There is also the 2021 data security law which requires data audits of Chinese firms to make sure that their data is being used properly and in accordance with the Chinese cyberspace administration. We’ve seen that this has really significant, far-reaching effects that are not necessarily immediately obvious from how that law is written. One great example is the case of the mobility platform Didi which was subject to a Cyberspace Administration of China National Security Audit. The rumor is that Didi was reluctant to adhere to the cyberspace administration of China’s requirements and did their IPO on the New York Stock Exchange even after the Cyberspace Administration of China said that they were not compliant with a data security audit.

Regardless of the specific turn of events, it’s very difficult to know precisely what the data security auditors were saying, but what we do know very clearly is that Didi did their IPO on the New York Stock Exchange and then almost immediately the Chinese government removed all Didi apps from the app store. So, clearly, they had run afoul of Chinese regulators in a very meaningful way that not only tanked Didi’s business, but it also tanked the shares of lots of people from around the world who had purchased its stocks on the New York Stock Exchange.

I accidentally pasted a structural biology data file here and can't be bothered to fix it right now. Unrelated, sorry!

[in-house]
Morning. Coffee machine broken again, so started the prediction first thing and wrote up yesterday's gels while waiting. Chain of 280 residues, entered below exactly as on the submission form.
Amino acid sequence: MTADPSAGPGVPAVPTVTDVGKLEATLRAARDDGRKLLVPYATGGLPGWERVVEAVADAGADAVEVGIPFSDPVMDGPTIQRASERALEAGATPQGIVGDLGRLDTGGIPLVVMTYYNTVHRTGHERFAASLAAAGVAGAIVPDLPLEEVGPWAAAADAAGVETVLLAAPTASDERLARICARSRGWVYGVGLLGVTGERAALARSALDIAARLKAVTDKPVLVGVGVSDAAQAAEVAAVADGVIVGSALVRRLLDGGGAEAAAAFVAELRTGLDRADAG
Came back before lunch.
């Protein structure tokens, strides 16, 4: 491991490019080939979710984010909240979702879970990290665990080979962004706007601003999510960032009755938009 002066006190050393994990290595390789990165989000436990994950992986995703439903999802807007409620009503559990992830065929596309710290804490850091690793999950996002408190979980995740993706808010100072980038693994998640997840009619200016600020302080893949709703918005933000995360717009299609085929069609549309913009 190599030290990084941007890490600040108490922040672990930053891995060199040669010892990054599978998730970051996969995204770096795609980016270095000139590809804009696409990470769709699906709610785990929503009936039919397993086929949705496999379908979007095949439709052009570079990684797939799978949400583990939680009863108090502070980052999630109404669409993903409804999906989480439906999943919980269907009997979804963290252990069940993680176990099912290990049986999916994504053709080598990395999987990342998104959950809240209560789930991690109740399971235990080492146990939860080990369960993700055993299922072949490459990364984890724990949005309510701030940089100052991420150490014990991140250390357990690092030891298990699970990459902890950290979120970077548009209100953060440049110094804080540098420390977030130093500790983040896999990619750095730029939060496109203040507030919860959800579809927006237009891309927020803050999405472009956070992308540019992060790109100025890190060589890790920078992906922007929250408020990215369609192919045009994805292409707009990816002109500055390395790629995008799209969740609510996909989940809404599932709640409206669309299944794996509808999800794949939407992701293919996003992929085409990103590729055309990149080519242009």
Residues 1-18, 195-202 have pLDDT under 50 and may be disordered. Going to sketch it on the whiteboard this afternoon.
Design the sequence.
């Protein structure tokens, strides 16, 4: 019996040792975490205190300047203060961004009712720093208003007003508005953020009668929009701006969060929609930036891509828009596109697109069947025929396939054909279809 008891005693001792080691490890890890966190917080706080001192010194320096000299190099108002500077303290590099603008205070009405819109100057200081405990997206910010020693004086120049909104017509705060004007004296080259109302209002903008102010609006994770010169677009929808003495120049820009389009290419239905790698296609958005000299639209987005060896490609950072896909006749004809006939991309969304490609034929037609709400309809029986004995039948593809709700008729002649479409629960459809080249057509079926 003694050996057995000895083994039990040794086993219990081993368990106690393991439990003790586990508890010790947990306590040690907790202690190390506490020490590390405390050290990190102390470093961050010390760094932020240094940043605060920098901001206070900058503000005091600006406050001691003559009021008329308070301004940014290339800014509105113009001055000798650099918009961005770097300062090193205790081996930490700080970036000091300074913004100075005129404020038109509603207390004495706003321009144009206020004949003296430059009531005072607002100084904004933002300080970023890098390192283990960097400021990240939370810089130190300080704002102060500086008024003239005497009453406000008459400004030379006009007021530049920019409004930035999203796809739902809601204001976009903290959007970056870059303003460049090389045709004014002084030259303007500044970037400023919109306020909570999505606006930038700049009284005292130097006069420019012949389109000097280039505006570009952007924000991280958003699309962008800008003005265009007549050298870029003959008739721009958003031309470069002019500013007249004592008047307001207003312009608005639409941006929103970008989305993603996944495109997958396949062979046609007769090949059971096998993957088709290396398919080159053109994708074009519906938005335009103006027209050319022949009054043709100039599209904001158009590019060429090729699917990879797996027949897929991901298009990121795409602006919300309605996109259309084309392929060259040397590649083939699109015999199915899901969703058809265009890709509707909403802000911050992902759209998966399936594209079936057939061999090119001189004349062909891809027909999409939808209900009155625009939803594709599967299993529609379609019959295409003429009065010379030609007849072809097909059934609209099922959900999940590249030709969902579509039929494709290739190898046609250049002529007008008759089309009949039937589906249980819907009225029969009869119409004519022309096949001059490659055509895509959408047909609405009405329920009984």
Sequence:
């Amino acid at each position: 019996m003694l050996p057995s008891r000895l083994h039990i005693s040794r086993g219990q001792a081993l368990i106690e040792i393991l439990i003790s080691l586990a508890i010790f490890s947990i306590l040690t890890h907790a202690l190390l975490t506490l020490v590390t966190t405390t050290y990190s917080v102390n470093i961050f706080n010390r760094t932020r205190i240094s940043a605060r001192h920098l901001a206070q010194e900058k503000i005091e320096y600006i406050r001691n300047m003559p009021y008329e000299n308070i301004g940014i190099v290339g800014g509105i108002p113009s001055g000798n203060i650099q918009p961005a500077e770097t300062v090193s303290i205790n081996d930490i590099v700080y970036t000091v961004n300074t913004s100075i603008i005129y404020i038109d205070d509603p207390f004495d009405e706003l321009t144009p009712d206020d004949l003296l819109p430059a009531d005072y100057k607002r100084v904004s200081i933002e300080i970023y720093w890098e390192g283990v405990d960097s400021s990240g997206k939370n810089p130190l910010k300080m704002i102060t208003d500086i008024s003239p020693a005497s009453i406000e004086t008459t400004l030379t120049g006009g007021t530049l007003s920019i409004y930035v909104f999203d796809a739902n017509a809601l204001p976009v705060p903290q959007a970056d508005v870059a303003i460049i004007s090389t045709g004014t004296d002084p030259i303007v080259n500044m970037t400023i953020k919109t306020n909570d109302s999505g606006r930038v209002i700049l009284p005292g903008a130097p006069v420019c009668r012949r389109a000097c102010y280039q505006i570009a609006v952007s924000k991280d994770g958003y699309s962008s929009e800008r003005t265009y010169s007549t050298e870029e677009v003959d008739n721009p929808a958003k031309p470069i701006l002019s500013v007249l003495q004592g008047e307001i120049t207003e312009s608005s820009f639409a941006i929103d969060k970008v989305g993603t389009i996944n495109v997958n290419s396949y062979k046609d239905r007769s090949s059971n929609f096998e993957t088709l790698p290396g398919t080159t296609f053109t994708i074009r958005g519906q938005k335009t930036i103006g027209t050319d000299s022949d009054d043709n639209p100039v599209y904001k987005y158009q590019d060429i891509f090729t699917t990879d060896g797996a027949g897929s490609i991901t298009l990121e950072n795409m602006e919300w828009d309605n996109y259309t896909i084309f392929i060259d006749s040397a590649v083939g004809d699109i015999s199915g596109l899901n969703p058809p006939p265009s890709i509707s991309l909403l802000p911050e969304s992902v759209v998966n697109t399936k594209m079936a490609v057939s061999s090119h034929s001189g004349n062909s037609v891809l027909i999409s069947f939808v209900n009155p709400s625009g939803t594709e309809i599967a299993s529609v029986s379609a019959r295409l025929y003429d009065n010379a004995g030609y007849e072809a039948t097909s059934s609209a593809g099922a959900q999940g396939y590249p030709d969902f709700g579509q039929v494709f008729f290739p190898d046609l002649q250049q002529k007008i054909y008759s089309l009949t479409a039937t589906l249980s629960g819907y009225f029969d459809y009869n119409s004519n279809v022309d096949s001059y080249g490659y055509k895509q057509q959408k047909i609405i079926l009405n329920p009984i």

jmk

And it affected a lot of other tech companies because people who looked at the influence that the Chinese government had on Didi got concerned about other companies like Alibaba, Tencent, and others. The tech sector in China’s done horribly in terms of its market capitalization since then.

Aynne Kokas